The commercial flights that begin this fall between the United States and Cuba mark the continuing turnaround in relations with an important southern neighbor. This latest step is another boon to Cuban-American families and to regional security, and it brings welcome new opportunities for Florida and Tampa Bay.
The U.S. Department of Transportation this month approved flights by six American commercial airlines to nine Cuban cities. While charter flights from Tampa and other U.S. cities have served Cuba's capital, Havana, for years, this marks the biggest expansion in the travel market between two countries that had largely been separated by Cold War animosity for a half-century.
The first flights will depart from Miami, Fort Lauderdale and other major gateways and be operated by some of the nation's biggest airlines, including JetBlue, American and Southwest. While no carriers sought flights from Tampa, this region is in the running for commercial flights to Havana when the government allocates those routes this summer.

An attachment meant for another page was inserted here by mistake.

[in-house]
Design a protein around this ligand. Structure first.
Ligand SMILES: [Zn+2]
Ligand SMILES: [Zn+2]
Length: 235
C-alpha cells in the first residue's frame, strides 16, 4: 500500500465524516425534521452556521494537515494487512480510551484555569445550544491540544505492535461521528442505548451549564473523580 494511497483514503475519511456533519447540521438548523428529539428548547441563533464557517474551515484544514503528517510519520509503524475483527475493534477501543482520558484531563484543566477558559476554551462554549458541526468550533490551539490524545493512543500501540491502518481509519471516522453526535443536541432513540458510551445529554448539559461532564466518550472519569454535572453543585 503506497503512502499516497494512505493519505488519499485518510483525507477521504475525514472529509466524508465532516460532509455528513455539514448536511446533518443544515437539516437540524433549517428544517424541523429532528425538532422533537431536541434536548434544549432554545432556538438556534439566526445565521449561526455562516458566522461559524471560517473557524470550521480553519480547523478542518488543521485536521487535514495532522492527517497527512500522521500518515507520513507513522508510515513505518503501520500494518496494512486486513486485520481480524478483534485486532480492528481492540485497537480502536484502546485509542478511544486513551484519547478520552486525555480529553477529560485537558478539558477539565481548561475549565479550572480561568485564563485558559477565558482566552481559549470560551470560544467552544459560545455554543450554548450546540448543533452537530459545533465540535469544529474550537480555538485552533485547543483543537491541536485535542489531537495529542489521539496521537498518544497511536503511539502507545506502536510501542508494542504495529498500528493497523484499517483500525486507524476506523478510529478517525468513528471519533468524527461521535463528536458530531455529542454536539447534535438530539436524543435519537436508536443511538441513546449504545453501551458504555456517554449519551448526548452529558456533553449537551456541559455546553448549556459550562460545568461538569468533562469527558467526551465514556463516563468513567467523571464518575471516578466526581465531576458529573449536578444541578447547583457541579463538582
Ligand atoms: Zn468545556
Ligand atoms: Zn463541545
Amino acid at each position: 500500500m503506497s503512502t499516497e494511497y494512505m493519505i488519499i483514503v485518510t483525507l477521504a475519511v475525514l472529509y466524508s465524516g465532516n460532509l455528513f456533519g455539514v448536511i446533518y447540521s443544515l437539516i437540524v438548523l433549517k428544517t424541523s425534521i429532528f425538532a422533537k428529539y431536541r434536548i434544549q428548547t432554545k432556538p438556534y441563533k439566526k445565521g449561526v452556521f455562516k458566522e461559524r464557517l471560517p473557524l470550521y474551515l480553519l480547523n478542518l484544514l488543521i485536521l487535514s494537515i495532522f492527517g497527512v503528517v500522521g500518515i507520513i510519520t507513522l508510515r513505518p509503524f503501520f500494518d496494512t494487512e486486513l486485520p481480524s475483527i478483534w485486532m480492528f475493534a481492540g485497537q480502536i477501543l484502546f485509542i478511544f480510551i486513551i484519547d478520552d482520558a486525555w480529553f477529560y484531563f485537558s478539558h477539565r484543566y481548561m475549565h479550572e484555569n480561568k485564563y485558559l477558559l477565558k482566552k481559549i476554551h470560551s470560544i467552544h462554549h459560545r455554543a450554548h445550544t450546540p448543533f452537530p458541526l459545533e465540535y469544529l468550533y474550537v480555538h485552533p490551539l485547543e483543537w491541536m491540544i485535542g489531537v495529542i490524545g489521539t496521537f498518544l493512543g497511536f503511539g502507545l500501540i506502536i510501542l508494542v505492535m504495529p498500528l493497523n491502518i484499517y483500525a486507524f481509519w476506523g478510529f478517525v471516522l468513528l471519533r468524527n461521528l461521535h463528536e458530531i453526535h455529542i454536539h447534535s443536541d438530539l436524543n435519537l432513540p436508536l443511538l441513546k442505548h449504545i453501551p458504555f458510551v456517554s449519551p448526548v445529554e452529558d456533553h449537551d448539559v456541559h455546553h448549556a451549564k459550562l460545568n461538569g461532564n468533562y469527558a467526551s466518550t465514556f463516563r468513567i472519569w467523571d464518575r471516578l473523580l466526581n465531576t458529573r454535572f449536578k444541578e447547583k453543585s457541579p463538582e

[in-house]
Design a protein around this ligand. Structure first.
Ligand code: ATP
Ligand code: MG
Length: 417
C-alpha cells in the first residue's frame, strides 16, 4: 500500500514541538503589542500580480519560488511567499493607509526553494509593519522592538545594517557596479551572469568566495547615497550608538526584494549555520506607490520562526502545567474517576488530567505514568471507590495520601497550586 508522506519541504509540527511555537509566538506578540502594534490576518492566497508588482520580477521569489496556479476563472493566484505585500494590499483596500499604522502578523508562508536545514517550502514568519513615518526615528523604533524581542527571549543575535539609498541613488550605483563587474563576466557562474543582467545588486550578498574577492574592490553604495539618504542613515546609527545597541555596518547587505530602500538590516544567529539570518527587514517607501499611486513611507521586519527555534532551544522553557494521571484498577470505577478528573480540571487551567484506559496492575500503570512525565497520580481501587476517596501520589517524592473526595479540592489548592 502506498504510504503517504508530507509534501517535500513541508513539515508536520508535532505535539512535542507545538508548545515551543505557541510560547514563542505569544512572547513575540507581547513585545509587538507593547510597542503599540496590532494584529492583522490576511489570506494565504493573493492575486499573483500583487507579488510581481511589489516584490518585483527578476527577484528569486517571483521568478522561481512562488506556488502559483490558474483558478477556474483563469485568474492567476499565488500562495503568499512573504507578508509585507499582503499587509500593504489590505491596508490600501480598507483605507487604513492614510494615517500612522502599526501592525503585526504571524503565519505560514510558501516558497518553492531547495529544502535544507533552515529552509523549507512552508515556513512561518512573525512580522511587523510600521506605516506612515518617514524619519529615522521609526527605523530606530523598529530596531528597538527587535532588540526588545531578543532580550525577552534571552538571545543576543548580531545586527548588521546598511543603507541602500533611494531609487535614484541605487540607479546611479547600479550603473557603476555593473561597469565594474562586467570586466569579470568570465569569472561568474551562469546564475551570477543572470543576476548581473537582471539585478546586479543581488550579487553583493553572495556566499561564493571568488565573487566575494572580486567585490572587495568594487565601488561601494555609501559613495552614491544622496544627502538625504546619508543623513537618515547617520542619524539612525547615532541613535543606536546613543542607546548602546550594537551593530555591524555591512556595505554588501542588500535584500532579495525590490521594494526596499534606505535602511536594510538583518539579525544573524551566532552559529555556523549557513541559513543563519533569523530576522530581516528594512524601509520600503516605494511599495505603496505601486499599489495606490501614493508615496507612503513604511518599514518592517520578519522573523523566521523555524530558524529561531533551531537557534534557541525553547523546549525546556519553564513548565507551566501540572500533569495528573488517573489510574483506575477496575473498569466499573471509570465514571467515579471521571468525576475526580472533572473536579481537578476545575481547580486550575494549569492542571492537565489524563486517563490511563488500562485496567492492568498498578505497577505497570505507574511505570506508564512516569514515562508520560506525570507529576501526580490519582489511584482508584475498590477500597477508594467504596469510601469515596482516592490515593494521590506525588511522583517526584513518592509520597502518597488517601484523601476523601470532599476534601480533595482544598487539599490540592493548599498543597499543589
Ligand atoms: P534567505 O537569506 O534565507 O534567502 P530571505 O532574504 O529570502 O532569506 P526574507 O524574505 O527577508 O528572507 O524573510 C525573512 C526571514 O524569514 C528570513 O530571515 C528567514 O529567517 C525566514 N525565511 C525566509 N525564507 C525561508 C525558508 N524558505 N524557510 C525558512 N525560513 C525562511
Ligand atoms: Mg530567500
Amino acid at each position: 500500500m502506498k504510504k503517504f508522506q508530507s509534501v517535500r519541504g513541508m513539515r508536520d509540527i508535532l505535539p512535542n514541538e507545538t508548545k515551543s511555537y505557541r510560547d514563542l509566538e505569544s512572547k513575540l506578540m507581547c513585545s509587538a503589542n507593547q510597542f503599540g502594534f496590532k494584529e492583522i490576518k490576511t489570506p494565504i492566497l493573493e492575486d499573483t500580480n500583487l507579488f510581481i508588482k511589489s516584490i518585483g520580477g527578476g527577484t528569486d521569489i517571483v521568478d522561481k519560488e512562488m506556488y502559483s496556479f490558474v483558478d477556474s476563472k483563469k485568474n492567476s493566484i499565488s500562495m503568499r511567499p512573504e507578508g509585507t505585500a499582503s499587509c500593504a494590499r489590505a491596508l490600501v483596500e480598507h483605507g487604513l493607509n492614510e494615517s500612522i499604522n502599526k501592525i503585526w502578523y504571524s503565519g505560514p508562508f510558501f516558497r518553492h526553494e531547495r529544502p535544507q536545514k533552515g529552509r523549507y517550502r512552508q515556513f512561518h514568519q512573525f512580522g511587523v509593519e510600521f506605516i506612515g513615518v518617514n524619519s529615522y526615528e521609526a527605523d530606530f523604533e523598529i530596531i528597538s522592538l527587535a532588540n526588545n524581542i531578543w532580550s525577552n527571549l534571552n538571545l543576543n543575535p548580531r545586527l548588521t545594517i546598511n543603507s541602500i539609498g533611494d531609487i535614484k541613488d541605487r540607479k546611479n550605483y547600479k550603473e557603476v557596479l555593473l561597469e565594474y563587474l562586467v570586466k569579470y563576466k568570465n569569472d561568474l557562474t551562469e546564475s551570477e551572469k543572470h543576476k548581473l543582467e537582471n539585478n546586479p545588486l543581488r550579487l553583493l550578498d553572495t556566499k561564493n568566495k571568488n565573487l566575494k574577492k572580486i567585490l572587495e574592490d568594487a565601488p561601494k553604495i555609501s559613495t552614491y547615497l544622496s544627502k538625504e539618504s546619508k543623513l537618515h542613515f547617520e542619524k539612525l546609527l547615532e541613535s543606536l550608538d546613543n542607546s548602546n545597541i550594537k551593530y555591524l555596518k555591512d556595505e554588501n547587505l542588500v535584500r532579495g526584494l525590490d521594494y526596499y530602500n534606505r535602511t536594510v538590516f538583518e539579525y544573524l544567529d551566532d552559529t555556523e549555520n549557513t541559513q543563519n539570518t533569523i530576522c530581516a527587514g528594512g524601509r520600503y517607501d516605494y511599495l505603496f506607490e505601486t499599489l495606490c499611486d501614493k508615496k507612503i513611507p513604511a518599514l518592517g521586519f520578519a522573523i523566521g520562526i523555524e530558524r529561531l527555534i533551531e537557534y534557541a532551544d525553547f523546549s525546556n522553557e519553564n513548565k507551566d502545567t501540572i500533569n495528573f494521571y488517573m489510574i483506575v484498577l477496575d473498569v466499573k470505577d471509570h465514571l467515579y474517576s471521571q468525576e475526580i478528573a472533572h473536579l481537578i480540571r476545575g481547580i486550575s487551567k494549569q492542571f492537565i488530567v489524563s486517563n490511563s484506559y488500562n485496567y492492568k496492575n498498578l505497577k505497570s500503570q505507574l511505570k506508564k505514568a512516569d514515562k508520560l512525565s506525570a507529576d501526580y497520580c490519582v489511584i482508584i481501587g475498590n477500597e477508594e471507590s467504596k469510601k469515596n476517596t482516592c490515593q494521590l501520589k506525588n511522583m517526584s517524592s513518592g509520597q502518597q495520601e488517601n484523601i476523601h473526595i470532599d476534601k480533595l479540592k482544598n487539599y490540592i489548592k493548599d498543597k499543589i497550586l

Since President Barack Obama first relaxed trade and travel restrictions on the island in 2009, the two nations have moved across a broad political and economic front to build stronger ties. The commercial flights will help build confidence as the two sides work to fully normalize relations. Closer to home, they will make it easier and cheaper for Tampa Bay residents to visit; for Cuban-Americans here to rekindle family and cultural ties; and for the region's business community to play a bigger role as Cuba reopens to the outside world. Local leaders should push for Tampa to get the commercial flights and for the region to host a Cuban consulate.
This new era in relations is promising for both sides and something the next president should build on.